New Fear's Eve

Ringing in 2000 with champagne and paranoia.

In Unreal Washington, it was just another public servant honoring public servants for serving the public last week. But it was scary. At a well-publicized DC ceremony, Treasury Secretary Lawrence Summers handed out awards to four US Customs Service workers from Port Angeles, saying they made our country safer and stronger, and bestowing upon them the title "true heroes."

What prompted Summers to yank inspectors off the already undermanned border crossing, hurriedly fly them across the US, and call an instant awards ceremony? The four had nabbed a worried little man named Benni Noris carrying explosive materials and a timing device aboard the MV Coho as the car ferry from Victoria docked in Port Angeles. As the story played out in the news media, Noris was really an alleged Algerian terrorist named Ahmed Ressam headed for Seattle in hopes of imploding the Space Needle on the eve of Y2K. And many others like him may be targeting the US.

It was certainly a good collar, and anyone transporting a crapload of nitroglycerin and exploding powder in his rented Chrysler is presumably not planning to smoke out moles in his back yard. Still, such terror-suspect arrests are not all that unusual, customs officials concede, and when the hero awards were being doled out in DC, suspect Ressam had yet to be charged with, much less convicted of, a crime. Now that he has been indicted by a grand jury here—basically for smuggling bomb materials into the country—US Attorney Kate Pflaumer has given no indication of Ressam's possible target and in fact refuses to comment on the possibility of a wider New Year's terrorist bomb plot.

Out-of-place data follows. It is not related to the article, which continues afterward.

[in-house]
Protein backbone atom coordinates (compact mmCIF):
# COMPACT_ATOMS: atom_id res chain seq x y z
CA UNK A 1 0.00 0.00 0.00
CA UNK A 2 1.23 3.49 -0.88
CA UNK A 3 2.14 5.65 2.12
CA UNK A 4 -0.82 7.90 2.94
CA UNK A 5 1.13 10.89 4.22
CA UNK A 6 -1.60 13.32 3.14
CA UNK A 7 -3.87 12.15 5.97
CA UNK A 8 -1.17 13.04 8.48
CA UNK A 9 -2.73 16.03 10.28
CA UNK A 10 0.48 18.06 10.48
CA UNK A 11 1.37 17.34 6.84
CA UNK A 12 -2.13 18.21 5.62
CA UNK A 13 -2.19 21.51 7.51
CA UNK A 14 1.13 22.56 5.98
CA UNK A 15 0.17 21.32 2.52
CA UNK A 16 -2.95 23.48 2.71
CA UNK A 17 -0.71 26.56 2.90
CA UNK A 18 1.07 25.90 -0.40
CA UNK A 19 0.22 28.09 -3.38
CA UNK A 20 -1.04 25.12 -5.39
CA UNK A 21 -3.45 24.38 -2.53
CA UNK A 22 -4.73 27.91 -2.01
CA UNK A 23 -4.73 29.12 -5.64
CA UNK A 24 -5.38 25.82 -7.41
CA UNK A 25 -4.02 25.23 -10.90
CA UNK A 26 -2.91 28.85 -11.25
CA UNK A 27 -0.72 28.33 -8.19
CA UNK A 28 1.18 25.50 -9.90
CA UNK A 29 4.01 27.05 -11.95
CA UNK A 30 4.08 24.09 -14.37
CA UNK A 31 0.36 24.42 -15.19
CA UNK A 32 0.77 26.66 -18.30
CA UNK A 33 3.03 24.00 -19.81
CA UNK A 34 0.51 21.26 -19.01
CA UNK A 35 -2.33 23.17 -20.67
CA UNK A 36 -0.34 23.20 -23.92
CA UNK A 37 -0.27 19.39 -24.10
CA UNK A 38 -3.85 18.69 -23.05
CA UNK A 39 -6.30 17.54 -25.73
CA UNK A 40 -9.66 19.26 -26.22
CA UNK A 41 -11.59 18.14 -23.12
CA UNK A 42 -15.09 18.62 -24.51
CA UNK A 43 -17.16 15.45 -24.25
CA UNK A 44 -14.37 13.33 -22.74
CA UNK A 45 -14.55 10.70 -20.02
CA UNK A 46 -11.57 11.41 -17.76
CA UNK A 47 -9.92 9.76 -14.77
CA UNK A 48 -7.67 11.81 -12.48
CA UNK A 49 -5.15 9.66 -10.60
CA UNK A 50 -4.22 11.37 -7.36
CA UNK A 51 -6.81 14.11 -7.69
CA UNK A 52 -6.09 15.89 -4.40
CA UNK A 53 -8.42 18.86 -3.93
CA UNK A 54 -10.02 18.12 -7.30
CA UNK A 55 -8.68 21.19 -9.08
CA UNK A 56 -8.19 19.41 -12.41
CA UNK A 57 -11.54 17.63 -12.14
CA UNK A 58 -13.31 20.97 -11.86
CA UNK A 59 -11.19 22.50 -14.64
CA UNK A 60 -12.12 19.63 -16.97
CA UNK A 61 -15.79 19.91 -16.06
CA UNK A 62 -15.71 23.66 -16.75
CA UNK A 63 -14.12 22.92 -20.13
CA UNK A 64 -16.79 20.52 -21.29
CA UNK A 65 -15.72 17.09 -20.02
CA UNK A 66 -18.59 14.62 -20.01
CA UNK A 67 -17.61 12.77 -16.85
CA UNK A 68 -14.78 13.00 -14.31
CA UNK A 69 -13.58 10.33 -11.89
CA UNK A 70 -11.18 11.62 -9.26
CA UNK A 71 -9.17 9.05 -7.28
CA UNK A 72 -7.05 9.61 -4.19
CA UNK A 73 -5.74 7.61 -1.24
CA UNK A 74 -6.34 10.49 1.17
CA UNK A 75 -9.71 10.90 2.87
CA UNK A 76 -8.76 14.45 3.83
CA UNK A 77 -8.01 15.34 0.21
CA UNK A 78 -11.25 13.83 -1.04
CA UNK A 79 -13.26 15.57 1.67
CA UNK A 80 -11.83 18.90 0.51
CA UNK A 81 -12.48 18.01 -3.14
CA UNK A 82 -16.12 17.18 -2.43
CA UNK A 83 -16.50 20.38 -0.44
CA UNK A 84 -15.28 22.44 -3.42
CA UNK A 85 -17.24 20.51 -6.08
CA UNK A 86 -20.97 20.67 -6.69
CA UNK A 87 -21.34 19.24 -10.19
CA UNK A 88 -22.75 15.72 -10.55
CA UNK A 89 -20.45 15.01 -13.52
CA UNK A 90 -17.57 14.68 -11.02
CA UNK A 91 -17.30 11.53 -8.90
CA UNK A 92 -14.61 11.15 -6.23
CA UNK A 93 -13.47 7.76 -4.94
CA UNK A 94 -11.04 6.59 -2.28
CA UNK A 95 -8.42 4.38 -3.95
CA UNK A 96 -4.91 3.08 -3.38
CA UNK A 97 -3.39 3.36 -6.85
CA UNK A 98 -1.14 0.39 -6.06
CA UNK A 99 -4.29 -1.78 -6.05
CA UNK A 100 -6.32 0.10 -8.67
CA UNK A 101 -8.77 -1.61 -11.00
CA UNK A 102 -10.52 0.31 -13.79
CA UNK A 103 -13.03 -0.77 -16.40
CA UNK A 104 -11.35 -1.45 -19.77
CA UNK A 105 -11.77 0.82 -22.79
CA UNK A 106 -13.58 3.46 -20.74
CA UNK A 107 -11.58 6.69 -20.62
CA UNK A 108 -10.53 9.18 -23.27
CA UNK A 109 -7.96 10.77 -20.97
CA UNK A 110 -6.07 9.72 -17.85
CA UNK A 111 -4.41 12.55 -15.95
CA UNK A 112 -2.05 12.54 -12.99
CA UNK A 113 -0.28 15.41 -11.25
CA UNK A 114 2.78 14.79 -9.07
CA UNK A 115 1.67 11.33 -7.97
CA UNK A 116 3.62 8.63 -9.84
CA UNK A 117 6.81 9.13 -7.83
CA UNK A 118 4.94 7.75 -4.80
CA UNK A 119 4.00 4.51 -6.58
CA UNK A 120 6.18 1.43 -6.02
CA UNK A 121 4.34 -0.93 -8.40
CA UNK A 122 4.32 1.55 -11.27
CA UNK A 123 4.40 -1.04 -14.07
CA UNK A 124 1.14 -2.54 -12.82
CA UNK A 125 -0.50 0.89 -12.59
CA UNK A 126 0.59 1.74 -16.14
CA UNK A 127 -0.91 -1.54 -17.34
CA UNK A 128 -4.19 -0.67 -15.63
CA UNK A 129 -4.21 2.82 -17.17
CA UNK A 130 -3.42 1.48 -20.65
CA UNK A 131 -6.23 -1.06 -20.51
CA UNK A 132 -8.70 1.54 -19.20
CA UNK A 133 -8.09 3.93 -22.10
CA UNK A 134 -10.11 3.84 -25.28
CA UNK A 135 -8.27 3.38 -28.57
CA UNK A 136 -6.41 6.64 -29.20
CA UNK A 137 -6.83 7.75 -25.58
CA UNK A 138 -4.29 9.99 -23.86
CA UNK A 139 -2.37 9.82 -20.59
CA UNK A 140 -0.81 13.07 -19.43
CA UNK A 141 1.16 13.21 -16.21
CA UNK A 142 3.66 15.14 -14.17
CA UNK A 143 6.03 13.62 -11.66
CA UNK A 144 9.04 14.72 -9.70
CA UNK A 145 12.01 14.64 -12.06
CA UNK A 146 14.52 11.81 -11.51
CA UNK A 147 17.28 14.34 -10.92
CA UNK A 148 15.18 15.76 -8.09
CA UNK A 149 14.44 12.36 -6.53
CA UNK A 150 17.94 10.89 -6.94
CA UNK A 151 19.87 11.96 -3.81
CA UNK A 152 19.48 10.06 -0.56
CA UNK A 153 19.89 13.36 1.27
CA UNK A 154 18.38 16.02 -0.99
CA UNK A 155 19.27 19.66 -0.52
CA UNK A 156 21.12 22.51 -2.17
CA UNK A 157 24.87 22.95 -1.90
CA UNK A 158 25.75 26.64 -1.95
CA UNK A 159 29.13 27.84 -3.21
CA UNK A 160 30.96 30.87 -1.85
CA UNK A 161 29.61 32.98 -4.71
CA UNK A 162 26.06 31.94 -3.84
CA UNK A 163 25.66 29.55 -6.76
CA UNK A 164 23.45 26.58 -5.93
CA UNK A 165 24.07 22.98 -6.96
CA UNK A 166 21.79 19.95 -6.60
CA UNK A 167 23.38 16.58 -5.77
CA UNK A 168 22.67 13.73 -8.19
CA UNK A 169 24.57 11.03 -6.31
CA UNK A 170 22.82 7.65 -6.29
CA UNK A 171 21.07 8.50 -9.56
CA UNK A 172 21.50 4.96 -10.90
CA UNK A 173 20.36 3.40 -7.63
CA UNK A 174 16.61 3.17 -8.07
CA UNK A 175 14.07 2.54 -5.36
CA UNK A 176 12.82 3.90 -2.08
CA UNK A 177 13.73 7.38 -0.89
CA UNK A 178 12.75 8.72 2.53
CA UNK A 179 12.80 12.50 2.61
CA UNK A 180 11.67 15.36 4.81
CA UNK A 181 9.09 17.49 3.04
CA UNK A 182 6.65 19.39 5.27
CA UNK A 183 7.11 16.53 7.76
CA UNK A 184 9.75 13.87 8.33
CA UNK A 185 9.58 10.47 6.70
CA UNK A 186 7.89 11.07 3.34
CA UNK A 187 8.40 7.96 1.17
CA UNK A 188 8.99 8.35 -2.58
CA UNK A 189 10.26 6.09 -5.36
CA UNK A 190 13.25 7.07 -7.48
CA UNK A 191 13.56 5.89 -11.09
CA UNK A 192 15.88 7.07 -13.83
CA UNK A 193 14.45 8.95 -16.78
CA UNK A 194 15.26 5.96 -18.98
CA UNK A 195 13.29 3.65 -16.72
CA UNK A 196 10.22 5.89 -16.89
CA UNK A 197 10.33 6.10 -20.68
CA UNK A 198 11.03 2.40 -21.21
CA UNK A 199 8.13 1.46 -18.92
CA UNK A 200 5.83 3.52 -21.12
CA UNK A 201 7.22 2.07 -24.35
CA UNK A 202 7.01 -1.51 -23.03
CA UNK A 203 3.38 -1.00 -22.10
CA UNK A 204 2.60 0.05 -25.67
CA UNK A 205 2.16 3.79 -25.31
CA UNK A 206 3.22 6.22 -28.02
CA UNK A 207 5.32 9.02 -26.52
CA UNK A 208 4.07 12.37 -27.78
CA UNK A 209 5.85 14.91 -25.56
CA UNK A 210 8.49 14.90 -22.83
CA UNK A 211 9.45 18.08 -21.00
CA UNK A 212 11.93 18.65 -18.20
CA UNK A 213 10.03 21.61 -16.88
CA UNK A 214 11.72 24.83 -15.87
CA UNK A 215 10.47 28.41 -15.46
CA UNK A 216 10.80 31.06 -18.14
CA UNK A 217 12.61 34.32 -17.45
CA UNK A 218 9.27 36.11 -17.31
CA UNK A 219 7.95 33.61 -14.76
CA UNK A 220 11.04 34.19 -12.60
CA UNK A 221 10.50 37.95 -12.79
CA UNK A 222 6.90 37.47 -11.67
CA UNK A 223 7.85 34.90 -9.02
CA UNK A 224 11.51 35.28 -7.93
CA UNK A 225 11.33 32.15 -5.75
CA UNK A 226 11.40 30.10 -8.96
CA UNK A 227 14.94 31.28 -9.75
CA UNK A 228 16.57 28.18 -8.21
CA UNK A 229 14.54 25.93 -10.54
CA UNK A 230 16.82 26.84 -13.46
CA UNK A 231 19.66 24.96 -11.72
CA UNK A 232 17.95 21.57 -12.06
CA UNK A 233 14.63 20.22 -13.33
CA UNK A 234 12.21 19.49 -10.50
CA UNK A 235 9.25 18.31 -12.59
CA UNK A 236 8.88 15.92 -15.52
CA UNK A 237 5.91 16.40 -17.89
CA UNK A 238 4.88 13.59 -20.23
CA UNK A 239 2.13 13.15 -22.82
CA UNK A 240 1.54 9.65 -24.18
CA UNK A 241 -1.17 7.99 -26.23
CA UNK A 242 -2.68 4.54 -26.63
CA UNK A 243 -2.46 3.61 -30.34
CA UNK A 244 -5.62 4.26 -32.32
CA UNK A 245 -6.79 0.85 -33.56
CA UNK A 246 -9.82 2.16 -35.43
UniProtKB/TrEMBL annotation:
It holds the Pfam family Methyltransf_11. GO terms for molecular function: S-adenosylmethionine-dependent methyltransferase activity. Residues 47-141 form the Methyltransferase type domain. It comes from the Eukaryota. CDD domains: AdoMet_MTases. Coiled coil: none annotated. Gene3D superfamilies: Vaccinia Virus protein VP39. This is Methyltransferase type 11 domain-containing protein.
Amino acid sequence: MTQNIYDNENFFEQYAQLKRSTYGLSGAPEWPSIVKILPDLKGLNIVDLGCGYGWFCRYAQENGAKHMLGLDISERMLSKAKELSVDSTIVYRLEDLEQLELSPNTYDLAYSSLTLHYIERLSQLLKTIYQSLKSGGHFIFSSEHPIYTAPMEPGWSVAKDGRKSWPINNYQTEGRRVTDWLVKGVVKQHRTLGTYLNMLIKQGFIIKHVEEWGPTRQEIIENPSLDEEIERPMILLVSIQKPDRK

What a paranoia bummer, huh? Summers can probably be excused for his case of premature congratulation, hoping to psyche up the border troops and reassure the public that customs is on the job. Truth is, the much-heralded beefed-up border security doesn't mean more bodies on the line, just essentially the same ones working longer hours. And as law enforcement has admitted for years, any serious drug runner or terrorist will use one of hundreds of unguarded border crossings to get into the US.

What's getting lost between increasingly hysterical bomb-threat headlines and bureaucratic proclamations (including Paul Schell's cancellation of Seattle's big New Year's bash at Seattle Center) is the Y2K message of moderation: Be alert, and don't be your own worst enemy. It's computers, not terrorists—Bill Gates, not Osama bin Laden—that pose a Millennial Eve threat, and much less than we feared 12 months ago. Most rational public officials say reasonable precautions are in order to endure systemic glitches—buy a flashlight, stow some food and water, hoard a little cash. Enjoy your bubbly, it might be a rocky couple days. Then it's back to the grind for another century.

The crowning irony would be if we do it to ourselves: There we are, sailing smoothly into Y2K, when everybody picks up the phone at midnight. The human urge to see if the dang thing works, officials say, could set off a domino affect, knocking out one utility after another, leading perhaps even to power blackouts. New Year's Day without cold beer and TV bowl games—that's the real terror we face.

 
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